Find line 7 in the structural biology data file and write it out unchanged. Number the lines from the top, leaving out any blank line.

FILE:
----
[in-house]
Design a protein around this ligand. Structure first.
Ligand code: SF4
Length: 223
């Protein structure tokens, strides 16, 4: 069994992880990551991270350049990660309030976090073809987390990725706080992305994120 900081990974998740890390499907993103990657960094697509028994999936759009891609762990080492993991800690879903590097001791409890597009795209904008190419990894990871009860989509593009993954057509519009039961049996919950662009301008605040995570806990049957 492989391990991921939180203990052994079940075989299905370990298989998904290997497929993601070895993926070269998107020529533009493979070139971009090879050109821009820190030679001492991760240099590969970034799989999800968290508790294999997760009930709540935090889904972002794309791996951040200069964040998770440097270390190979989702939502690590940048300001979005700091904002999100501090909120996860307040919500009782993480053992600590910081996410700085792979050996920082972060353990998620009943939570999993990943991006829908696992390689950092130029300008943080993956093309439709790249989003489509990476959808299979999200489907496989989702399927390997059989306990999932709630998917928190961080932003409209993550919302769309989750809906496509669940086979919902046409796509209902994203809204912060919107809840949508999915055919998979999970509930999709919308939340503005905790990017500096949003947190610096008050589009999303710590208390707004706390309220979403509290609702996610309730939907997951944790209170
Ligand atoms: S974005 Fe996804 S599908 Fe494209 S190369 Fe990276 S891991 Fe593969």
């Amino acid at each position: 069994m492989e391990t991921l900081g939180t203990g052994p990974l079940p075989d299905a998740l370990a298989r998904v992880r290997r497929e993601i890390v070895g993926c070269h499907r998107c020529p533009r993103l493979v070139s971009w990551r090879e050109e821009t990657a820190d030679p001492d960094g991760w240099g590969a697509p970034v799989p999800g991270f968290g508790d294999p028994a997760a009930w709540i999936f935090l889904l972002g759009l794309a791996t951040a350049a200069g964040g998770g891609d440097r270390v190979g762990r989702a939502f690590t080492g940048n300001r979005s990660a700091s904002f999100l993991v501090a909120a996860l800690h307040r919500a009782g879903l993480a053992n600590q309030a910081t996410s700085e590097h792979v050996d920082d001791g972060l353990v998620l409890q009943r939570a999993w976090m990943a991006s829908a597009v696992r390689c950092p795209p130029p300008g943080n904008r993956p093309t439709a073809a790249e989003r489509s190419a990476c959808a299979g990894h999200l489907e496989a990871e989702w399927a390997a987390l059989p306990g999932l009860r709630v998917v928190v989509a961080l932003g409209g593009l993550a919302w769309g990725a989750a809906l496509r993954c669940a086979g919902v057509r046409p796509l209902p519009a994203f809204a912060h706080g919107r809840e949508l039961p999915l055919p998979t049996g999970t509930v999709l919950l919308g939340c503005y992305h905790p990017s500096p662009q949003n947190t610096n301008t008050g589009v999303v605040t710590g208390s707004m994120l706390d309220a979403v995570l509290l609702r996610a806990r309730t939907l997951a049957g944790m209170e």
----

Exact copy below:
């Amino acid at each position: 069994m492989e391990t991921l900081g939180t203990g052994p990974l079940p075989d299905a998740l370990a298989r998904v992880r290997r497929e993601i890390v070895g993926c070269h499907r998107c020529p533009r993103l493979v070139s971009w990551r090879e050109e821009t990657a820190d030679p001492d960094g991760w240099g590969a697509p970034v799989p999800g991270f968290g508790d294999p028994a997760a009930w709540i999936f935090l889904l972002g759009l794309a791996t951040a350049a200069g964040g998770g891609d440097r270390v190979g762990r989702a939502f690590t080492g940048n300001r979005s990660a700091s904002f999100l993991v501090a909120a996860l800690h307040r919500a009782g879903l993480a053992n600590q309030a910081t996410s700085e590097h792979v050996d920082d001791g972060l353990v998620l409890q009943r939570a999993w976090m990943a991006s829908a597009v696992r390689c950092p795209p130029p300008g943080n904008r993956p093309t439709a073809a790249e989003r489509s190419a990476c959808a299979g990894h999200l489907e496989a990871e989702w399927a390997a987390l059989p306990g999932l009860r709630v998917v928190v989509a961080l932003g409209g593009l993550a919302w769309g990725a989750a809906l496509r993954c669940a086979g919902v057509r046409p796509l209902p519009a994203f809204a912060h706080g919107r809840e949508l039961p999915l055919p998979t049996g999970t509930v999709l919950l919308g939340c503005y992305h905790p990017s500096p662009q949003n947190t610096n301008t008050g589009v999303v605040t710590g208390s707004m994120l706390d309220a979403v995570l509290l609702r996610a806990r309730t939907l997951a049957g944790m209170e």